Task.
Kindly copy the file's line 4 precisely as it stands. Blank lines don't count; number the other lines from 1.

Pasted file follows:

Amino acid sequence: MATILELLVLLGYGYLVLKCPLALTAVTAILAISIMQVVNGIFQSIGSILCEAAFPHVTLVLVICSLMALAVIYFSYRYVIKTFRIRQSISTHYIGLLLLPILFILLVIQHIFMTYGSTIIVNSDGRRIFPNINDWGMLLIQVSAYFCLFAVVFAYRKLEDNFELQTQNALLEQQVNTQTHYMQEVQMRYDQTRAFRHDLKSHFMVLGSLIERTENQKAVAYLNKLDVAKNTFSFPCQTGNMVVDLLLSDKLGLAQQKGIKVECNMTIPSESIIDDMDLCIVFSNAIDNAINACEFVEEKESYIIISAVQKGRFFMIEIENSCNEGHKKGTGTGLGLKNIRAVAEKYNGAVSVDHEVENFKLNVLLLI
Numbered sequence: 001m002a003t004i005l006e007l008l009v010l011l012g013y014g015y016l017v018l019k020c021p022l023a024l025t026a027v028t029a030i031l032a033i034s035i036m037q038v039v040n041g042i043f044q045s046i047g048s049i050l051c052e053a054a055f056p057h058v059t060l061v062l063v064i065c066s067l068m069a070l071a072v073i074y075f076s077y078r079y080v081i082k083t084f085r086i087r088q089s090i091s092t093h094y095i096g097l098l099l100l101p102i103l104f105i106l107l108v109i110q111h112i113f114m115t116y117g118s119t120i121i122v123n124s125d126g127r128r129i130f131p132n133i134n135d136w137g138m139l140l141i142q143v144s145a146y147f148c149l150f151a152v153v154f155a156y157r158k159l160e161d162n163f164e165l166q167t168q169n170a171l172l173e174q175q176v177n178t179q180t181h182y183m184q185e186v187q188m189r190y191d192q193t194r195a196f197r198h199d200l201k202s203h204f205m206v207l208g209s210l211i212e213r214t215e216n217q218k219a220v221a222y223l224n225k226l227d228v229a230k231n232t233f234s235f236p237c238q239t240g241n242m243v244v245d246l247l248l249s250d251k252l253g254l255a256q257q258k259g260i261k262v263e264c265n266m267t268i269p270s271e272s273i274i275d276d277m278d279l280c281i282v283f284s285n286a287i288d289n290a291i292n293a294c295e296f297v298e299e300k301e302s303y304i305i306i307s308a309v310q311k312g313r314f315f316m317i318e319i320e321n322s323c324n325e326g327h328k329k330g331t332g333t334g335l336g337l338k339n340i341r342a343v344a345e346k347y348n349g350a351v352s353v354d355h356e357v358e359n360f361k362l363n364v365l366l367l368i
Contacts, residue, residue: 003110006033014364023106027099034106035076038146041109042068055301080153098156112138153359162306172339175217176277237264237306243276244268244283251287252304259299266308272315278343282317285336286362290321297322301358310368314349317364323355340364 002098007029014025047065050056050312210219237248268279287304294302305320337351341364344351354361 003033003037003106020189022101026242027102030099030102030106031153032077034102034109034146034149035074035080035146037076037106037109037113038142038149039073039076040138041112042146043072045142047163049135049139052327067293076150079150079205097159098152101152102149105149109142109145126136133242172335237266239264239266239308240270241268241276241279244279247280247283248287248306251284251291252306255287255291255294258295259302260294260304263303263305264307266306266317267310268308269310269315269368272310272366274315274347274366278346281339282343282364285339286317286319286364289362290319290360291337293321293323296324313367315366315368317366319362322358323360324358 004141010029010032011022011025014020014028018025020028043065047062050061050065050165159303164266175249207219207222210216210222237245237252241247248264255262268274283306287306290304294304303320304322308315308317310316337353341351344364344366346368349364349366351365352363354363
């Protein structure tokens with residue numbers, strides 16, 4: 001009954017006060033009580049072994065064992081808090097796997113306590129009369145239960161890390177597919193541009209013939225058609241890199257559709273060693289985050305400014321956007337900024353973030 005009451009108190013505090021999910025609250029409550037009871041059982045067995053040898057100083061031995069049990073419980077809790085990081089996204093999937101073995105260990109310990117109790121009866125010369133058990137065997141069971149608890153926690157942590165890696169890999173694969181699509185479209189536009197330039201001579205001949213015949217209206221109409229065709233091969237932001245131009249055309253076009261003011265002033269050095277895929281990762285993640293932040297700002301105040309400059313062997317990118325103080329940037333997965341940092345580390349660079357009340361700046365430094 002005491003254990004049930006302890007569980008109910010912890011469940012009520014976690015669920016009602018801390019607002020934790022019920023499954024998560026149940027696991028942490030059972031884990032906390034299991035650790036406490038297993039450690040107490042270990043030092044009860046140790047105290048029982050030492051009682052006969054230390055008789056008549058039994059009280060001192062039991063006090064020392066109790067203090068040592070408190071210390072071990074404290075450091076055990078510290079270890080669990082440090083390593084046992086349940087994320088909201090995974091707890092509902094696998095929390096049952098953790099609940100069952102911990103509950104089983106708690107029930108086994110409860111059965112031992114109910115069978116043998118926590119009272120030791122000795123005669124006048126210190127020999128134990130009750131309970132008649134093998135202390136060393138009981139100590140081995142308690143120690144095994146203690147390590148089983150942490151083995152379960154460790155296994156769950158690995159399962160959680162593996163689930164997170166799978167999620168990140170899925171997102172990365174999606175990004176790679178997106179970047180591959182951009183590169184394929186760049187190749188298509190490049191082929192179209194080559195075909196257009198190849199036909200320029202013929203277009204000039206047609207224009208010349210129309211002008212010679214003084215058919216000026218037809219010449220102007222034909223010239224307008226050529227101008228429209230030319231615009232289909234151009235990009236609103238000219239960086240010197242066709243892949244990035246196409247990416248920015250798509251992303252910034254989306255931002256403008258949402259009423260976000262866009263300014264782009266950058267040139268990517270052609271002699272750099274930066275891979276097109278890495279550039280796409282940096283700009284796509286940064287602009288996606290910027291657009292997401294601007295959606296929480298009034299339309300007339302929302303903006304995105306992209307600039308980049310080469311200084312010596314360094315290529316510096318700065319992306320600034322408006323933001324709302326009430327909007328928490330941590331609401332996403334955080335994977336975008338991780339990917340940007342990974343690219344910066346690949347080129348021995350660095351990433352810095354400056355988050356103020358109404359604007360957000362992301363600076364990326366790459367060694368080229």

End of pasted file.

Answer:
């Protein structure tokens with residue numbers, strides 16, 4: 001009954017006060033009580049072994065064992081808090097796997113306590129009369145239960161890390177597919193541009209013939225058609241890199257559709273060693289985050305400014321956007337900024353973030 005009451009108190013505090021999910025609250029409550037009871041059982045067995053040898057100083061031995069049990073419980077809790085990081089996204093999937101073995105260990109310990117109790121009866125010369133058990137065997141069971149608890153926690157942590165890696169890999173694969181699509185479209189536009197330039201001579205001949213015949217209206221109409229065709233091969237932001245131009249055309253076009261003011265002033269050095277895929281990762285993640293932040297700002301105040309400059313062997317990118325103080329940037333997965341940092345580390349660079357009340361700046365430094 002005491003254990004049930006302890007569980008109910010912890011469940012009520014976690015669920016009602018801390019607002020934790022019920023499954024998560026149940027696991028942490030059972031884990032906390034299991035650790036406490038297993039450690040107490042270990043030092044009860046140790047105290048029982050030492051009682052006969054230390055008789056008549058039994059009280060001192062039991063006090064020392066109790067203090068040592070408190071210390072071990074404290075450091076055990078510290079270890080669990082440090083390593084046992086349940087994320088909201090995974091707890092509902094696998095929390096049952098953790099609940100069952102911990103509950104089983106708690107029930108086994110409860111059965112031992114109910115069978116043998118926590119009272120030791122000795123005669124006048126210190127020999128134990130009750131309970132008649134093998135202390136060393138009981139100590140081995142308690143120690144095994146203690147390590148089983150942490151083995152379960154460790155296994156769950158690995159399962160959680162593996163689930164997170166799978167999620168990140170899925171997102172990365174999606175990004176790679178997106179970047180591959182951009183590169184394929186760049187190749188298509190490049191082929192179209194080559195075909196257009198190849199036909200320029202013929203277009204000039206047609207224009208010349210129309211002008212010679214003084215058919216000026218037809219010449220102007222034909223010239224307008226050529227101008228429209230030319231615009232289909234151009235990009236609103238000219239960086240010197242066709243892949244990035246196409247990416248920015250798509251992303252910034254989306255931002256403008258949402259009423260976000262866009263300014264782009266950058267040139268990517270052609271002699272750099274930066275891979276097109278890495279550039280796409282940096283700009284796509286940064287602009288996606290910027291657009292997401294601007295959606296929480298009034299339309300007339302929302303903006304995105306992209307600039308980049310080469311200084312010596314360094315290529316510096318700065319992306320600034322408006323933001324709302326009430327909007328928490330941590331609401332996403334955080335994977336975008338991780339990917340940007342990974343690219344910066346690949347080129348021995350660095351990433352810095354400056355988050356103020358109404359604007360957000362992301363600076364990326366790459367060694368080229």